Tuesday, December 01, 2020

The WWII home front from the Cherokee viewpoint: Even As We Breathe by Annette Saunooke Clapsaddle

Clapsaddle’s debut, the first novel by an enrolled member of the Eastern Band of Cherokee Indians, is an impressive work of literary historical fiction. Her protagonist’s journey of first love and coming-of-age is embedded in an Appalachian setting that feels both mysterious and tangibly real. She also pens a moving ode to the many conduits of human history – people’s memories, writings, bones, the very ground under our feet – and how we learn what they teach us.

In 1942, nineteen-year-old Cowney Sequoyah, eager to escape his overbearing uncle and his home on the Cherokee reservation in the Smoky Mountains, takes a job with the grounds crew at the Grove Park Inn in Asheville, two hours away. Accompanying him on the drive is Essie Stamper, a young woman whose beauty, sophistication, and self-confidence unsettle him.

Born with a twisted foot, Cowney is ineligible for military service, but he gets entangled in wartime intrigue, nonetheless. The inn is being used by the U.S. Army to house high-ranking POWs, including foreign envoys and their families. While Cowney’s immediate supervisor treats him well, others on site exhibit racist attitudes towards Indians. He and Essie become good friends and frequently meet in an unoccupied hotel room to talk and play dominos, but Essie is keeping a secret from him, and the disappearance of a Japanese diplomat’s daughter threatens to destroy his freedom. As Cowney struggles to prove his good name, he gradually learns the truth about his late father’s death in WWI.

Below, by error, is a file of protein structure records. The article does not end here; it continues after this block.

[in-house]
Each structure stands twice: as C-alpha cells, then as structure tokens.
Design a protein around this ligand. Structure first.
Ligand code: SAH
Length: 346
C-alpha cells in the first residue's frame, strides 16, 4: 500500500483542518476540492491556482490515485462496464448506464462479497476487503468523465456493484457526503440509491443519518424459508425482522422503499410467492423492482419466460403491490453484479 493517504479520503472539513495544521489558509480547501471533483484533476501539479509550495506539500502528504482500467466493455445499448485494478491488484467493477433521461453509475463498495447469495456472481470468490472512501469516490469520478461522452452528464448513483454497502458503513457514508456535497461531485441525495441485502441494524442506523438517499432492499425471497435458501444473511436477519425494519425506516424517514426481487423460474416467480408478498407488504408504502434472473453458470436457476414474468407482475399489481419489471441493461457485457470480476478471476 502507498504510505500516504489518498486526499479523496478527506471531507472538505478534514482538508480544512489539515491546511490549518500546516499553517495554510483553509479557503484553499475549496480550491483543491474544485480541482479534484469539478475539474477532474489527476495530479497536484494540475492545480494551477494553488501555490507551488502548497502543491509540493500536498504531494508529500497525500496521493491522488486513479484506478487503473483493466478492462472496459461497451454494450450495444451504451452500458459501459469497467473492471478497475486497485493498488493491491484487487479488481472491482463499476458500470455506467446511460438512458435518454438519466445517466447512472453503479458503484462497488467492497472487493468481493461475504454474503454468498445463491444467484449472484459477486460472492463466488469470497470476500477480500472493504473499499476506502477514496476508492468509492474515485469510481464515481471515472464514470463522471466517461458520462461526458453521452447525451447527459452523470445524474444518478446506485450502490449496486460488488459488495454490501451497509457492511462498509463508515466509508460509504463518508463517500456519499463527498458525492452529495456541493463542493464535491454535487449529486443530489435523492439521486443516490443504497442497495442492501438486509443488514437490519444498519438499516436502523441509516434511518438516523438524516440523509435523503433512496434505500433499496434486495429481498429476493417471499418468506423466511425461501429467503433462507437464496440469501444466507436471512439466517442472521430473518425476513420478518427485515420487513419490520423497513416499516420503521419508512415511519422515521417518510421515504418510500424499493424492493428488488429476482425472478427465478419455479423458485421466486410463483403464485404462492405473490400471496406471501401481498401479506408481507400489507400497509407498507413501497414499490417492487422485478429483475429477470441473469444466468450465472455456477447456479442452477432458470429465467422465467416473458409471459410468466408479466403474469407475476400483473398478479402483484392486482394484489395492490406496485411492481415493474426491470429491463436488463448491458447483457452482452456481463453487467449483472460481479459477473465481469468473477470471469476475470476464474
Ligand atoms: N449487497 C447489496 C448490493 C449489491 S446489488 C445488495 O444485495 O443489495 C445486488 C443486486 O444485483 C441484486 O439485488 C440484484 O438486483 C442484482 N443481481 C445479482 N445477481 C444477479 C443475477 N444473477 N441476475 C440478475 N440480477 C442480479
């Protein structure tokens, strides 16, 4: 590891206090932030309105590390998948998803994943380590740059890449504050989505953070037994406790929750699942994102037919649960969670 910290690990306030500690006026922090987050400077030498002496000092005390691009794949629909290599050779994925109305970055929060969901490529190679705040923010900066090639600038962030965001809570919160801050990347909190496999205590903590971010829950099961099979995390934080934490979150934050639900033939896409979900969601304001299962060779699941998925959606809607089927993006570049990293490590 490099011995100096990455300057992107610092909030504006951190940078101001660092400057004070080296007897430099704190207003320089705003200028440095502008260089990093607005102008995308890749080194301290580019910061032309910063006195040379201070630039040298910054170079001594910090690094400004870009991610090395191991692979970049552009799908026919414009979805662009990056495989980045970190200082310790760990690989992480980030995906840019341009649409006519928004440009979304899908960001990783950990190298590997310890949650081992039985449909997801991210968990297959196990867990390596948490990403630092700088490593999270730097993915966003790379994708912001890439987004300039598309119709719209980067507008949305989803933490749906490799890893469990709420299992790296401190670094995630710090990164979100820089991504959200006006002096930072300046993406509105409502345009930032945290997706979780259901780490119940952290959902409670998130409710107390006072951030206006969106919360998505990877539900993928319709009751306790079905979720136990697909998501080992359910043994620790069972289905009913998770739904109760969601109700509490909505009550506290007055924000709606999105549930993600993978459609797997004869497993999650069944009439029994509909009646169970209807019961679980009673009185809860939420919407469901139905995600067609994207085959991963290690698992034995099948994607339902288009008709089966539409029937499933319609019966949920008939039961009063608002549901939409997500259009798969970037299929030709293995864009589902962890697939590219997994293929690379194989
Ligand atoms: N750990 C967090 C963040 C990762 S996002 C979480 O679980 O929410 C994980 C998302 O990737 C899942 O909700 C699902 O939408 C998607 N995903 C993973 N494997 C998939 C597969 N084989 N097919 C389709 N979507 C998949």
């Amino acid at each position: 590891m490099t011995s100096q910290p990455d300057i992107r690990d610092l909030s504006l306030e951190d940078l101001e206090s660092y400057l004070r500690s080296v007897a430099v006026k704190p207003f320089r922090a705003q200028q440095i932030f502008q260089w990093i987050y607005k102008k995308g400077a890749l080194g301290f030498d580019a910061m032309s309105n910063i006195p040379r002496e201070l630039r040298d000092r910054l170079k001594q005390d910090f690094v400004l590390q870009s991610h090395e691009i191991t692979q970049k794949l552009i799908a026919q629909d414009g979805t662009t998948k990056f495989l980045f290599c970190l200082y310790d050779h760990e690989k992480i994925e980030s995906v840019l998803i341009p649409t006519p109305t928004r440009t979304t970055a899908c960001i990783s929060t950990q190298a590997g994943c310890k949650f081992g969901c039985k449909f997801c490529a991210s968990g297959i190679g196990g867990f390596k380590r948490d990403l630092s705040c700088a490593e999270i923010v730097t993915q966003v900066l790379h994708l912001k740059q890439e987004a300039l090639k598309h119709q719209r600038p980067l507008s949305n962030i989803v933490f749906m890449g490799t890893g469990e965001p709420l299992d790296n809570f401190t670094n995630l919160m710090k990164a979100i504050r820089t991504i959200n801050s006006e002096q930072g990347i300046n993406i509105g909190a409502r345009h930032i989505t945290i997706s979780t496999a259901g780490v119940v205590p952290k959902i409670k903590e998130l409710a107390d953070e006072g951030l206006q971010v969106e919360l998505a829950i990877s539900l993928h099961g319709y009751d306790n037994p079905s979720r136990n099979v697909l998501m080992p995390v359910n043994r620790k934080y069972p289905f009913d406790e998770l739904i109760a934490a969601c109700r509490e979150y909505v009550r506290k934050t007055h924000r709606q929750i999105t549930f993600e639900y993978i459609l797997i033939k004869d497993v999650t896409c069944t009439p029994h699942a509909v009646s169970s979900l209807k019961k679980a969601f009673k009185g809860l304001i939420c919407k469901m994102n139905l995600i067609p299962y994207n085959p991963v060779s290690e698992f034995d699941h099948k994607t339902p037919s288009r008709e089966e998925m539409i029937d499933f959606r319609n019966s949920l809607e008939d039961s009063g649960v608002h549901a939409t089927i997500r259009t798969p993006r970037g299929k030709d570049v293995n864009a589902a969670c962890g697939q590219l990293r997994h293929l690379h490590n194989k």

Through Cowney, Clapsaddle presents warm, lyrical observations of Cherokee family life and traditions, such as the comfort of his grandmother Lishie’s quilts and the holiness of “ladies in boldly colored headscarves [who] sang ‘Amazing Grace’ in our language.” The concluding message about the characters’ ties to their homeland is also beautifully affecting.

Even As We Breathe was published by Fireside Industries, an imprint of the University Press of Kentucky that publishes on Appalachian themes, in July. I reviewed it from Edelweiss for the Historical Novels Review


  1. Thank you for the review. The subject is almost unknown to me so I really appreciated this post.

    1. Thanks, I appreciate your comments!